Interview with Michael Bourret, agent

Michael Bour­ret is an agent with Dys­tel and Goderich, and recent­ly opened their brand-new West Coast office. I’ve heard Michael speak at a few of the nation­al SCBWI con­fer­ences, and it’s always a plea­sure. Don’t miss him at the SCBWI West­ern Wash­ing­ton con­fer­ence this weekend!

L: Wel­come, Michael! Thanks so much for tak­ing the time to answer some ques­tions for me! Your var­i­ous bios and mar­ket list­ings say you accept all kinds of non­fic­tion, and I know you rep­re­sent adult non­fic­tion, but I don’t see any non­fic­tion for kids among your titles. Why is that? Please give us some insight on the juve­nile non­fic­tion mar­ket from an agent’s perspective.
M: Thanks for hav­ing me, Lau­rie! And I’m excit­ed that you’re ask­ing about juve­nile non­fic­tion, and I’ll be real­ly hon­est: I don’t know much about it. It isn’t a cat­e­go­ry that I’ve pur­sued, aside from the amaz­ing pic­ture books of Anne Rockwell’s. I think that juve­nile non­fic­tion has most­ly been left to the aca­d­e­m­ic pub­lish­ers, in part because it isn’t as glam­orous as nov­els. But that may well be chang­ing, as is the very def­i­n­i­tion of cat­e­go­ry. I’m see­ing a lot more inno­va­tion and a new approach, includ­ing more mem­oir and oth­er nar­ra­tive nonfiction.
L: Sev­er­al children’s non­fic­tion titles received quite a lot of atten­tion this year, espe­cial­ly Phillip Hoose’s CLAUDETTE COLVIN and Deb­o­rah Heiligman’s CHARLES AND EMMA. Do you think this will have any effect on the market?
M: Any com­mer­cial suc­cess will have an effect on the mar­ket, and the crit­i­cal and com­mer­cial response to both of these books cer­tain­ly got my atten­tion. I’m not sure we’ll see a flood of non­fic­tion, but I do think we’ll see some smart books com­ing from major pub­lish­ers bet­ter known for their fiction.
L: You don’t rep­re­sent pic­ture books, either—is that a per­son­al pref­er­ence, a mat­ter of indus­try knowl­edge and exper­tise, or a pure­ly finan­cial deci­sion  (or one of the oth­er rea­sons fel­low agent Michael Stearns blogged about here)?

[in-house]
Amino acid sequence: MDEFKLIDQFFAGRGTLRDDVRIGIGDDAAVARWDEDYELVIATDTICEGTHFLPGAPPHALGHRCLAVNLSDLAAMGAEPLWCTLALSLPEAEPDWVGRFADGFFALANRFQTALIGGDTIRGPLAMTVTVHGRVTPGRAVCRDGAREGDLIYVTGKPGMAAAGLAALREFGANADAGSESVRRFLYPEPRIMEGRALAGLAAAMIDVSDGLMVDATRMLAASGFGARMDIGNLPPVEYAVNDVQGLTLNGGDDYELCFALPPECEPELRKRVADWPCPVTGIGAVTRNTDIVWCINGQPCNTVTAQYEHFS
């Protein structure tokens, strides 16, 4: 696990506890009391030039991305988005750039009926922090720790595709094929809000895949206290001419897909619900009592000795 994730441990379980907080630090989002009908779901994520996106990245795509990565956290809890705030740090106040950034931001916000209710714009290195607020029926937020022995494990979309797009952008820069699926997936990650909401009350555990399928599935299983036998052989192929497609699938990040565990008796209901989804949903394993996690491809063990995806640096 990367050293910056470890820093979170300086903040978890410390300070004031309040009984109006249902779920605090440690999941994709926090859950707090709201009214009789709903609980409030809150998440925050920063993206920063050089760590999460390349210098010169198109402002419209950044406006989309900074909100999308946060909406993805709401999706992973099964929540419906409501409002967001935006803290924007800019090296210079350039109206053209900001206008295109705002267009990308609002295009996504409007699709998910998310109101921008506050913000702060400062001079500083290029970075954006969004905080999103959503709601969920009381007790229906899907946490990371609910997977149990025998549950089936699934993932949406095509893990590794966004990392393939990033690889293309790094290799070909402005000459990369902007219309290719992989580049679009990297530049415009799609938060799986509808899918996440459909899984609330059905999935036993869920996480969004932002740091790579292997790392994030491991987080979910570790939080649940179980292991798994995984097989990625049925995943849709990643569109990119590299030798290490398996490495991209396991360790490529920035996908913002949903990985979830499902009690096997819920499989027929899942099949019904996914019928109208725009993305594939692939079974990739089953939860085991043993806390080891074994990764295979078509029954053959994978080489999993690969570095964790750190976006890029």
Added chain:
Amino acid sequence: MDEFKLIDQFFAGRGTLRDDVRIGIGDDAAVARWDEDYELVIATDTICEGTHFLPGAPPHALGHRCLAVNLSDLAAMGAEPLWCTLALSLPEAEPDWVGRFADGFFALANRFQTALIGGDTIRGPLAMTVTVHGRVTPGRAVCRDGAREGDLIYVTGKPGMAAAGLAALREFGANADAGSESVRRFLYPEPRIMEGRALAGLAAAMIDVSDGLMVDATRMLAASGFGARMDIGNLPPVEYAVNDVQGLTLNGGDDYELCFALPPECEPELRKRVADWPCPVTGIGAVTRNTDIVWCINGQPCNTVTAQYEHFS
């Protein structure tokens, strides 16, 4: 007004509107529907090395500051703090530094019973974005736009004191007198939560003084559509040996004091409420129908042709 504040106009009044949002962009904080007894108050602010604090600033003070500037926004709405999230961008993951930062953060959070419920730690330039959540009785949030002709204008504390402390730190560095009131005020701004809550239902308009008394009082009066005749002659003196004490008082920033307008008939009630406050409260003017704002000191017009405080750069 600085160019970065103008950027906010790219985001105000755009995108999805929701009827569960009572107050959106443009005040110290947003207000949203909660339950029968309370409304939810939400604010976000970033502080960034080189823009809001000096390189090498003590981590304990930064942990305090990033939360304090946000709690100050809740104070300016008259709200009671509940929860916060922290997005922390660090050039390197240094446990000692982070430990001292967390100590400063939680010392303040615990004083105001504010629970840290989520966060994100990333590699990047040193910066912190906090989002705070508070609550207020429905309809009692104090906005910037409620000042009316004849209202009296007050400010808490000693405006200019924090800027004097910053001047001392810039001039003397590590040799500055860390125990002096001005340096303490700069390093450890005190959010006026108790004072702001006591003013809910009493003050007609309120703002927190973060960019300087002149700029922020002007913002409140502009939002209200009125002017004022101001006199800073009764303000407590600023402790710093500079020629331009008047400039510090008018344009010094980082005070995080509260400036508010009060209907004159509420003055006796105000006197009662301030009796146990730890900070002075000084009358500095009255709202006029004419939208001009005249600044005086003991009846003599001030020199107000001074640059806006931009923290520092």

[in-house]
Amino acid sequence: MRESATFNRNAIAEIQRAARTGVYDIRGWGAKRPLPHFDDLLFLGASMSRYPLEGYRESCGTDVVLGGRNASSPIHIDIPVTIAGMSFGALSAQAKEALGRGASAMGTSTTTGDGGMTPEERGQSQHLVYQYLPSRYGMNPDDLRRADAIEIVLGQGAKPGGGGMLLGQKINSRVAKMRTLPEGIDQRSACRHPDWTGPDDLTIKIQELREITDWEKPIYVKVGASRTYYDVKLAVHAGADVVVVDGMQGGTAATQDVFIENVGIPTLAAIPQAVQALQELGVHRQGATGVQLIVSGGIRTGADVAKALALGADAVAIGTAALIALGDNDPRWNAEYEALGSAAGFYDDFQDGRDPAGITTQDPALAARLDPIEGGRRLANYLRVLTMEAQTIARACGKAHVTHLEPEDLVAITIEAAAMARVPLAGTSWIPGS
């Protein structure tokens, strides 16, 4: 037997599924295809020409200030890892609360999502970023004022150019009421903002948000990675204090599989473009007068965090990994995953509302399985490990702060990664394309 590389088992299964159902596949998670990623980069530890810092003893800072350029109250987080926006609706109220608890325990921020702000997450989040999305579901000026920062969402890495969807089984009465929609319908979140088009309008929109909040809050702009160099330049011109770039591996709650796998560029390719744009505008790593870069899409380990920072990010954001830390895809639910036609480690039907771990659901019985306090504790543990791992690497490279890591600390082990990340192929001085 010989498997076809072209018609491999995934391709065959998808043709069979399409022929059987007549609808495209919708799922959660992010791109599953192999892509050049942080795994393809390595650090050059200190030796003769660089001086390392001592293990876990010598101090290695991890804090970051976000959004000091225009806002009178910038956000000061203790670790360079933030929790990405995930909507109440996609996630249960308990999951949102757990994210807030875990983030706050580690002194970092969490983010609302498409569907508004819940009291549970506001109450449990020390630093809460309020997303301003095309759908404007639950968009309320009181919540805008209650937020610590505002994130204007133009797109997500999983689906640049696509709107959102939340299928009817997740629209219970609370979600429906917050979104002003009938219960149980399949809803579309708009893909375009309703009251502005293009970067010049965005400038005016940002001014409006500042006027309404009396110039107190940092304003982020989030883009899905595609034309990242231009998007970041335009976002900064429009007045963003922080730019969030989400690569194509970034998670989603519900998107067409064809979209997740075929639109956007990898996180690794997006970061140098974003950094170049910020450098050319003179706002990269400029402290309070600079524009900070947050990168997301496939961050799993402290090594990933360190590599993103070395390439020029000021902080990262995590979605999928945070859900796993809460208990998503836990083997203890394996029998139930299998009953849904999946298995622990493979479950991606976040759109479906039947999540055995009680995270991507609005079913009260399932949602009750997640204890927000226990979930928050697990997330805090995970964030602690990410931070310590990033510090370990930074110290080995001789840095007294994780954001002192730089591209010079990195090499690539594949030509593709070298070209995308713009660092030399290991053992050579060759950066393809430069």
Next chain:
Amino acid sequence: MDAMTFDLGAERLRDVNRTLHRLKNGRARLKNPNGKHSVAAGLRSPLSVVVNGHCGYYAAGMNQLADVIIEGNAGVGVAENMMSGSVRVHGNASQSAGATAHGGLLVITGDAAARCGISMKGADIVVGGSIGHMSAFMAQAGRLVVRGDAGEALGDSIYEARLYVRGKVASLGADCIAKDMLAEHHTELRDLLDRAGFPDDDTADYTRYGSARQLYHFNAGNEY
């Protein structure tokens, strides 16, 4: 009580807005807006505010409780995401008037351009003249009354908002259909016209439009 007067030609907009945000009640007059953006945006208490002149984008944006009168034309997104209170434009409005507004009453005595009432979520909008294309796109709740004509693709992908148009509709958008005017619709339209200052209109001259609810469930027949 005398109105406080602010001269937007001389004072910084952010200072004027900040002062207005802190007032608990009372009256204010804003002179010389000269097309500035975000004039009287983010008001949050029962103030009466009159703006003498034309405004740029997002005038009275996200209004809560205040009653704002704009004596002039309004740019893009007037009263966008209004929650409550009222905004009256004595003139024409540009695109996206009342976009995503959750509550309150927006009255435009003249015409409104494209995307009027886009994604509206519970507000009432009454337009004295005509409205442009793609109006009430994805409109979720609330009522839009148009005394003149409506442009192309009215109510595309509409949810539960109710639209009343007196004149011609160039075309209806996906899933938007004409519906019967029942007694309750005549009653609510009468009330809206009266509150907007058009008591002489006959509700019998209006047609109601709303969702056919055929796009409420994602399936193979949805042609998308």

M: I do rep­re­sent some pic­ture books, actu­al­ly, but it’s not an area in which I’m look­ing to grown. The mar­ket is dif­fi­cult, espe­cial­ly for writ­ers, and since they’re the ones I rep­re­sent, it just doesn’t make sense for me to con­tin­ue look­ing for new clients.
L: Is there any­thing you wish would show up your query pile that just hasn’t been there (be care­ful what you wish for!)?
M: As I said in anoth­er inter­view recent­ly, with how many queries I get, it’s hard to say that there’s any­thing I haven’t seen! I’d rather not see books that chase trends, but that said, I love to see how peo­ple can approach well-worn ideas in a new way. I recent­ly signed up a nov­el based on a Poe sto­ry that I’m very excit­ed about, and I’d love to see more dark, psy­cho­log­i­cal thrillers. Some­thing that makes my skin crawl would be great!
L: Tell us about your agent­ing style: Are you very edi­to­r­i­al? Phone or email? Hands-on through­out the whole process or mitts off until the final product?
M: All agents have to be edi­to­r­i­al, but I’m not some­one who’s going to line edit a man­u­script. It’s just not where my skills lie. I do love to devel­op ideas with authors—helping them to turn a vague notion into some­thing that sup­ports a book-length nar­ra­tive. I’m more of a phone than email per­son, but I spend much more time on email! I wish peo­ple uti­lized the phone more; a con­ver­sa­tion has a cer­tain give-and-take that can help get to the point more quick­ly. I’m pret­ty hands on, and as I say to new clients, I like to know every­thing. That way I can antic­i­pate and pre­empt issues they may not even see arising.
L: What aspects do you like most about being an agent? Least? Pet peeves (please don’t say blog inter­views, please don’t say blog interviews…)?